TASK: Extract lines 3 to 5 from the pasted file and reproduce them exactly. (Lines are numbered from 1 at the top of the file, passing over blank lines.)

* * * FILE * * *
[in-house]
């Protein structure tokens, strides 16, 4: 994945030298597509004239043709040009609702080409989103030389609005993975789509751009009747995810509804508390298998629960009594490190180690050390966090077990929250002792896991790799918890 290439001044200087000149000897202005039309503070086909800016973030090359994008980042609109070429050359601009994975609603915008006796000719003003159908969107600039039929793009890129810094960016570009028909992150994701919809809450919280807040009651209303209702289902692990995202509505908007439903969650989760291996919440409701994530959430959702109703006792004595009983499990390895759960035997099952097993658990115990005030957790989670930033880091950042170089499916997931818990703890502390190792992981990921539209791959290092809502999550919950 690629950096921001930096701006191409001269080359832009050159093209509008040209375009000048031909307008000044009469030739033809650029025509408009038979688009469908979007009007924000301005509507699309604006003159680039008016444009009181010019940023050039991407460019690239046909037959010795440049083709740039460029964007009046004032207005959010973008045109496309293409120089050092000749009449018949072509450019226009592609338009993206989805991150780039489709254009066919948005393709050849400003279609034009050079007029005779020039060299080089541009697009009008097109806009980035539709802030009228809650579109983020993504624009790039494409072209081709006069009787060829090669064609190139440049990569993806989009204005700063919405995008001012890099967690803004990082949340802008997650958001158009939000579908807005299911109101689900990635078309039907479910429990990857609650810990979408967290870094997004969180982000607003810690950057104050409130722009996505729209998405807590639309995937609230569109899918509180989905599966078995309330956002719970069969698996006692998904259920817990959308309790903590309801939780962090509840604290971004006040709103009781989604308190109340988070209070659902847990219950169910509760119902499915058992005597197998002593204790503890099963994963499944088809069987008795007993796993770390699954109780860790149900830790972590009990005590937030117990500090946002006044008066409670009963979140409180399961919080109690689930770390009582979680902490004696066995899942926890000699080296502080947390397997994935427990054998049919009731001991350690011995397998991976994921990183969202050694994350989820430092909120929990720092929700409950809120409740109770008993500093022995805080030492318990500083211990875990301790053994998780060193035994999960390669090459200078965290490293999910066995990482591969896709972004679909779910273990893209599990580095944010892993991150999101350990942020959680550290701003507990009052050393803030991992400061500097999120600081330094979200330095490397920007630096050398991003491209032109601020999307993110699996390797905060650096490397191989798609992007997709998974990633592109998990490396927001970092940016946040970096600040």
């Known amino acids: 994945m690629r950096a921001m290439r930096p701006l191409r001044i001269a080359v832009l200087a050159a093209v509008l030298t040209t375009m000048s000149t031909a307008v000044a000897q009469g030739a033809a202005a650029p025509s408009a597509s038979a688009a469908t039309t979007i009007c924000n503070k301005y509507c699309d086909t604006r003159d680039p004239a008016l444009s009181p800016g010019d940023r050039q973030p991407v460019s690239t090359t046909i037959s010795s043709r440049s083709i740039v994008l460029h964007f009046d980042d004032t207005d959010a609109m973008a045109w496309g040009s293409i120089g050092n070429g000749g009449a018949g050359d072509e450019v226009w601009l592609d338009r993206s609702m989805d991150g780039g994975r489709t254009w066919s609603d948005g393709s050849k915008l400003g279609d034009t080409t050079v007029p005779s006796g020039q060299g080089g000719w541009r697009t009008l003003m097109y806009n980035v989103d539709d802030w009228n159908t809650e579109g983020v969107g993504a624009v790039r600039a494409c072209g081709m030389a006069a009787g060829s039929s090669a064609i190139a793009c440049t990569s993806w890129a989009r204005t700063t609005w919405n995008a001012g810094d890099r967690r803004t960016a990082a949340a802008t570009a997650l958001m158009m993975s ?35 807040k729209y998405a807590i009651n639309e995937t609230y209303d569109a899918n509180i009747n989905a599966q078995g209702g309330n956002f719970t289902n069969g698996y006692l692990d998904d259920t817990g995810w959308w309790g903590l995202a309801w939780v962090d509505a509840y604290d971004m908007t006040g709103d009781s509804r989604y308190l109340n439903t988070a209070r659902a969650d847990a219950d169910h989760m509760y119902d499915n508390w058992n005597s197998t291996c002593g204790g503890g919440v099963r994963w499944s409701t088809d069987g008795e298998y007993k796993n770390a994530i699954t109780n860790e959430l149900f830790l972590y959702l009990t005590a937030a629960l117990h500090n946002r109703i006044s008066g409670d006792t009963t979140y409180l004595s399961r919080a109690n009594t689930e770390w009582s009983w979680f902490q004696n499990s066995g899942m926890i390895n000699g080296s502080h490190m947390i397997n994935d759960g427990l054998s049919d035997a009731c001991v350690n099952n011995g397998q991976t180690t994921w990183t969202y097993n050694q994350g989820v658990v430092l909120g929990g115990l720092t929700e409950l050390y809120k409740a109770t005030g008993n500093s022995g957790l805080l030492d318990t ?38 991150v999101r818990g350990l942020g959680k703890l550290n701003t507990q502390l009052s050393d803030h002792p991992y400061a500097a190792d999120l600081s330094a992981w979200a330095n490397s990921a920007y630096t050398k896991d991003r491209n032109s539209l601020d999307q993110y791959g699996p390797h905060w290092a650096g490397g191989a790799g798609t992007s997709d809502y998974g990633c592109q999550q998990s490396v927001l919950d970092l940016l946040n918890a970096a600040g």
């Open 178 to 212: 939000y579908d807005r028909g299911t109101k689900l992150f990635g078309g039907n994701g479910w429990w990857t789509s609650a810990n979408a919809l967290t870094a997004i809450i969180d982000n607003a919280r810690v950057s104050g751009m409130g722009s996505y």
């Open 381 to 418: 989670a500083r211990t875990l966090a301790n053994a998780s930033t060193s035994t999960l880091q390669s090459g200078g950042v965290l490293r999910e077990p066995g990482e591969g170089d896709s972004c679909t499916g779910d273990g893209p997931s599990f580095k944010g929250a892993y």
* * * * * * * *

């Known amino acids: 994945m690629r950096a921001m290439r930096p701006l191409r001044i001269a080359v832009l200087a050159a093209v509008l030298t040209t375009m000048s000149t031909a307008v000044a000897q009469g030739a033809a202005a650029p025509s408009a597509s038979a688009a469908t039309t979007i009007c924000n503070k301005y509507c699309d086909t604006r003159d680039p004239a008016l444009s009181p800016g010019d940023r050039q973030p991407v460019s690239t090359t046909i037959s010795s043709r440049s083709i740039v994008l460029h964007f009046d980042d004032t207005d959010a609109m973008a045109w496309g040009s293409i120089g050092n070429g000749g009449a018949g050359d072509e450019v226009w601009l592609d338009r993206s609702m989805d991150g780039g994975r489709t254009w066919s609603d948005g393709s050849k915008l400003g279609d034009t080409t050079v007029p005779s006796g020039q060299g080089g000719w541009r697009t009008l003003m097109y806009n980035v989103d539709d802030w009228n159908t809650e579109g983020v969107g993504a624009v790039r600039a494409c072209g081709m030389a006069a009787g060829s039929s090669a064609i190139a793009c440049t990569s993806w890129a989009r204005t700063t609005w919405n995008a001012g810094d890099r967690r803004t960016a990082a949340a802008t570009a997650l958001m158009m993975s ?35 807040k729209y998405a807590i009651n639309e995937t609230y209303d569109a899918n509180i009747n989905a599966q078995g209702g309330n956002f719970t289902n069969g698996y006692l692990d998904d259920t817990g995810w959308w309790g903590l995202a309801w939780v962090d509505a509840y604290d971004m908007t006040g709103d009781s509804r989604y308190l109340n439903t988070a209070r659902a969650d847990a219950d169910h989760m509760y119902d499915n508390w058992n005597s197998t291996c002593g204790g503890g919440v099963r994963w499944s409701t088809d069987g008795e298998y007993k796993n770390a994530i699954t109780n860790e959430l149900f830790l972590y959702l009990t005590a937030a629960l117990h500090n946002r109703i006044s008066g409670d006792t009963t979140y409180l004595s399961r919080a109690n009594t689930e770390w009582s009983w979680f902490q004696n499990s066995g899942m926890i390895n000699g080296s502080h490190m947390i397997n994935d759960g427990l054998s049919d035997a009731c001991v350690n099952n011995g397998q991976t180690t994921w990183t969202y097993n050694q994350g989820v658990v430092l909120g929990g115990l720092t929700e409950l050390y809120k409740a109770t005030g008993n500093s022995g957790l805080l030492d318990t ?38 991150v999101r818990g350990l942020g959680k703890l550290n701003t507990q502390l009052s050393d803030h002792p991992y400061a500097a190792d999120l600081s330094a992981w979200a330095n490397s990921a920007y630096t050398k896991d991003r491209n032109s539209l601020d999307q993110y791959g699996p390797h905060w290092a650096g490397g191989a790799g798609t992007s997709d809502y998974g990633c592109q999550q998990s490396v927001l919950d970092l940016l946040n918890a970096a600040g």
């Open 178 to 212: 939000y579908d807005r028909g299911t109101k689900l992150f990635g078309g039907n994701g479910w429990w990857t789509s609650a810990n979408a919809l967290t870094a997004i809450i969180d982000n607003a919280r810690v950057s104050g751009m409130g722009s996505y």
């Open 381 to 418: 989670a500083r211990t875990l966090a301790n053994a998780s930033t060193s035994t999960l880091q390669s090459g200078g950042v965290l490293r999910e077990p066995g990482e591969g170089d896709s972004c679909t499916g779910d273990g893209p997931s599990f580095k944010g929250a892993y």